Fresno chicken plant shooting: 'Nobody knows why it happened'
A day after a Fresno man opened fire on his co-workers, killing two and wounding two others before fatally shooting himself, grieving relatives and employees gathered at the Fresno poultry plant, still stunned by the violence.
About 60 people gathered for a candlelight vigil Wednesday night across the street from Valley Protein, which closed for the day as workers met with grief counselors, the Fresno Bee reported.
The central Fresno plant was a chaotic scene Tuesday morning, when police said Lawrence Jones, 42 — a discharged parolee who had worked at the plant for about 14 months — began firing on his co-workers about 8:30 a.m., three and a half hours into his shift.
He first walked up to Salvador Diaz, 32, and shot him in the head, police said. He then shot Manuel Verdin, 34, in the head before turning to shoot Arnfulo Conrriquez, 28, in the neck.
Between the noisy machinery at the plant and the fact that some of the workers wore ear protection, the Bee said, police believe many of the employees were unaware of the shooting. Fatima Lopez, 32, saw and ran, but authorities said Jones shot her in the buttocks.
Jones also placed his gun to the head of a fifth employee, but that man was spared because the 4-shot gun was out of ammunition.
After firing, Jones went to a quick-freeze room in the plant where he was confronted by a manager, Valley Protein President Bob Coyle told the Bee. Jones then ran outside and fatally shot himself in the head.
Diaz and Verdin died of their injuries. Conrriquez was in critical condition at an area hospital. Lopez was treated and released.
Authorities were still trying to determine what prompted the shooting and why he chose those victims. Verdin and Conrriquez had only worked for Valley Protein for a week, the company told the Bee. Diaz began working there in June.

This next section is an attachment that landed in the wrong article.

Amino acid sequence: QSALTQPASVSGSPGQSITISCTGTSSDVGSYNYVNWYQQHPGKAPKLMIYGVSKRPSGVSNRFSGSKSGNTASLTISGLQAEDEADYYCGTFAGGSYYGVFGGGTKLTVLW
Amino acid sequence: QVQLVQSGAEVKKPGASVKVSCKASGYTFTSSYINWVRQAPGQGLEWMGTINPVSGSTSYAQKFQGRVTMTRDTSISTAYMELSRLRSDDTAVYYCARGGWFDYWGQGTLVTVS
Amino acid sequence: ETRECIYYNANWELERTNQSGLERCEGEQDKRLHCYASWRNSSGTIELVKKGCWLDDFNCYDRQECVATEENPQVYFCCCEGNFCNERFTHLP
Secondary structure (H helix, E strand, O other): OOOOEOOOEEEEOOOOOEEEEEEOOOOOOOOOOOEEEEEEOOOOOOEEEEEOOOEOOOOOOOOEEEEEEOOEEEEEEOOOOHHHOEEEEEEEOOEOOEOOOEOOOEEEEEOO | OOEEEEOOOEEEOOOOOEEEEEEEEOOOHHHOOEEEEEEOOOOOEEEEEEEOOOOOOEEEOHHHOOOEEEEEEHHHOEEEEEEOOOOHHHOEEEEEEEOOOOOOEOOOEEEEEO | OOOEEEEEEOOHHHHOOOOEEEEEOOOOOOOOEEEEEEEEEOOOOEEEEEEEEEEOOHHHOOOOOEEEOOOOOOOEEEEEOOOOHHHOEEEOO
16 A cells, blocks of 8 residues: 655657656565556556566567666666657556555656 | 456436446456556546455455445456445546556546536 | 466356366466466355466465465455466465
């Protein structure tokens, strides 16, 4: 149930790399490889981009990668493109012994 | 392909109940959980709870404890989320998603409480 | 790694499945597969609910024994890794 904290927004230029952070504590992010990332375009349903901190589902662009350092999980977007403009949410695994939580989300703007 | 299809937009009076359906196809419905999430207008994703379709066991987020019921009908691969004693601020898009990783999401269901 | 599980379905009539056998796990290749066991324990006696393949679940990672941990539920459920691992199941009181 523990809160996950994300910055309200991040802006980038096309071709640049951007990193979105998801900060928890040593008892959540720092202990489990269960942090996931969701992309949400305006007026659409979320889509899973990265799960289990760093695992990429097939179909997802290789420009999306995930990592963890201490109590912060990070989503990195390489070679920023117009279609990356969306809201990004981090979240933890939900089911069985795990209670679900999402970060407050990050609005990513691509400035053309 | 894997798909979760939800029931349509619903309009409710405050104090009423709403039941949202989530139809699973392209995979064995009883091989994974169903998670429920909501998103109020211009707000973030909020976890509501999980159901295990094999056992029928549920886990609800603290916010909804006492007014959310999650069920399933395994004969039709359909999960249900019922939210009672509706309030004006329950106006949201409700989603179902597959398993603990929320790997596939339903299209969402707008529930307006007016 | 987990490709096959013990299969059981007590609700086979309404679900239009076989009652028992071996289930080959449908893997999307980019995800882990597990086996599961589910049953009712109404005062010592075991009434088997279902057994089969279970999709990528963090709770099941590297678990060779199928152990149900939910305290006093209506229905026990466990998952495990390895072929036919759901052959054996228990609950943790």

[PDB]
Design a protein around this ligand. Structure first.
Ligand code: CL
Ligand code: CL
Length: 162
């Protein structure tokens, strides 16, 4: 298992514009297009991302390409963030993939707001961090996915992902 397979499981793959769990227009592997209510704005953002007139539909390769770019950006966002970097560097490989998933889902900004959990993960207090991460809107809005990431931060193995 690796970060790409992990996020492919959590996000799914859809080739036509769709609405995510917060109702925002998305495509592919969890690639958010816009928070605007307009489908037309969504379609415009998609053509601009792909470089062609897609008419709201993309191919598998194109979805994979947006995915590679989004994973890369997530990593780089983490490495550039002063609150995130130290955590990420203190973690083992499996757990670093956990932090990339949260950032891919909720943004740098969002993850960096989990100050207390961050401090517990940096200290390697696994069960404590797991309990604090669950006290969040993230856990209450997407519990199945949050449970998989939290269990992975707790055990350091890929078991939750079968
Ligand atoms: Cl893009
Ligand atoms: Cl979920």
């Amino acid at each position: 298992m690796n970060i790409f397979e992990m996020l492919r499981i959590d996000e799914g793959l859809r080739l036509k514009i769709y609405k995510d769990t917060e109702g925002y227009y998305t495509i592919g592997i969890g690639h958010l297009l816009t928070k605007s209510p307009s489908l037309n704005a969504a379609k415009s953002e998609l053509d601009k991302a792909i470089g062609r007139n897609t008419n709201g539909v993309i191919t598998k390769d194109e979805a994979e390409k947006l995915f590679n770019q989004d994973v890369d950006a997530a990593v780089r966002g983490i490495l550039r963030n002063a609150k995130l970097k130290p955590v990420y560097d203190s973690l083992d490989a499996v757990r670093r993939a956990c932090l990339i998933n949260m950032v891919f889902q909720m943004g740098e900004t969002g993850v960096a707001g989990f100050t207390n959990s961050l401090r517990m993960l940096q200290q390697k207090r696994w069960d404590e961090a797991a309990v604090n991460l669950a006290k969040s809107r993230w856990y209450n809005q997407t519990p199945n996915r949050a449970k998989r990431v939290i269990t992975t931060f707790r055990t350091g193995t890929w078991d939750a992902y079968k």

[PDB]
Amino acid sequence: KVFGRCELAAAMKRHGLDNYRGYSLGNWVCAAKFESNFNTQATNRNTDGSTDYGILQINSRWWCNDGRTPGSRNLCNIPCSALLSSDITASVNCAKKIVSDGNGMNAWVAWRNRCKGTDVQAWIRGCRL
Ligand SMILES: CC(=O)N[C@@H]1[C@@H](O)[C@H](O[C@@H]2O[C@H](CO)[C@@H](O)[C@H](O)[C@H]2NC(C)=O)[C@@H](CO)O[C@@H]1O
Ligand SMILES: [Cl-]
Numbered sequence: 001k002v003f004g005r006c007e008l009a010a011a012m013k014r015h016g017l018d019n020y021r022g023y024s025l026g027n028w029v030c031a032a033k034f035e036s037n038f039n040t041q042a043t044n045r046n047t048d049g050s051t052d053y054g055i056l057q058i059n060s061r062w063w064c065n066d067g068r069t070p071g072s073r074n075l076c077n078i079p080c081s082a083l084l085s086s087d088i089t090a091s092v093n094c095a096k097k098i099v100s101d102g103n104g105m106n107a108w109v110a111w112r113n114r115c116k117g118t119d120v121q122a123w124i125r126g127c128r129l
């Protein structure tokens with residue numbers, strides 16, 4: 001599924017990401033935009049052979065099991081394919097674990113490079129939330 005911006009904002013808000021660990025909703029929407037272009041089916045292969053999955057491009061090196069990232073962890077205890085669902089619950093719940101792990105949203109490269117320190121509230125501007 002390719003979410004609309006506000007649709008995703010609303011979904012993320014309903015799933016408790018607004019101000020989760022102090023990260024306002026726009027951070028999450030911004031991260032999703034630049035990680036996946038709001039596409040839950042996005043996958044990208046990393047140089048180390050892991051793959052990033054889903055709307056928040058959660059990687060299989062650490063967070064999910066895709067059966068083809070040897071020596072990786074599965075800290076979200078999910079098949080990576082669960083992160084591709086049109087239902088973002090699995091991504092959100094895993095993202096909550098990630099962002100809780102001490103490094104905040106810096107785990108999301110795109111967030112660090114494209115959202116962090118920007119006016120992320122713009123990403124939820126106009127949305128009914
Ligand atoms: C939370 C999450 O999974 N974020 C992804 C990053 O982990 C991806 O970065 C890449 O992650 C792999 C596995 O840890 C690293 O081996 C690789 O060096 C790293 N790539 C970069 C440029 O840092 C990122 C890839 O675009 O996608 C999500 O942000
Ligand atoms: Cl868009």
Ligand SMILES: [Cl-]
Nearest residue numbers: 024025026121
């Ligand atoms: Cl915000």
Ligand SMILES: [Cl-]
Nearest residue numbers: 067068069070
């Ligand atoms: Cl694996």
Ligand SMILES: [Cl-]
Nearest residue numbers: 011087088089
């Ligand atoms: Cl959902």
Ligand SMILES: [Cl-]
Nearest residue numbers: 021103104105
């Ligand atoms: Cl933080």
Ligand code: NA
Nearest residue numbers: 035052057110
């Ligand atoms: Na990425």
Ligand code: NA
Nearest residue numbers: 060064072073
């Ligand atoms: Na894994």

"Nobody knows why it happened," Coyle told the Bee. "There were no arguments that ensued or anything that led to this."
Jones, who had been in and out of prison since 1991 for robbery and other convictions, was released in June 2011 and discharged from parole in May 2012, according to state records.
A Fresno County mental health evaluation in 2004 diagnosed him with "intermittent explosive disorder, drug-induced psychotic disorder and dependence on multiple substances including amphetamine, marijuana and alcohol," the Bee reported. Jail psychiatric services staff had described him as "mentally unstable."
A friend and former co-worker of Verdin told the Bee those who knew the victims "don't understand how something like this could take place."
"They were at work trying to support their families, and somebody came in and gunned them down," he said.
Verdin -- described by the friend as "a happy, good character" -- was married with a 2-year-old son, the Bee reported.
Diaz was not married, a cousin told the newspaper, but enjoyed spending time with his sister's family and her children. Ofelia Olea said Diaz was "one of the funniest people you could talk to, watch a movie with and laugh with," a man who was trying to turn his life around after previous associations with gangs.
"I know his past hasn't been the greatest, but he was changing," Olea said. "He was going to work. He was doing what he needed to do to change his life."
— Kate Mather
Photo: Mourners gather at a candlelight vigil near a poultry plant in Fresno, where police said an employee opened fire Tuesday morning, killing two co-workers and wounding two others before fatally shooting himself. Credit: Mark Crosse / Fresno Bee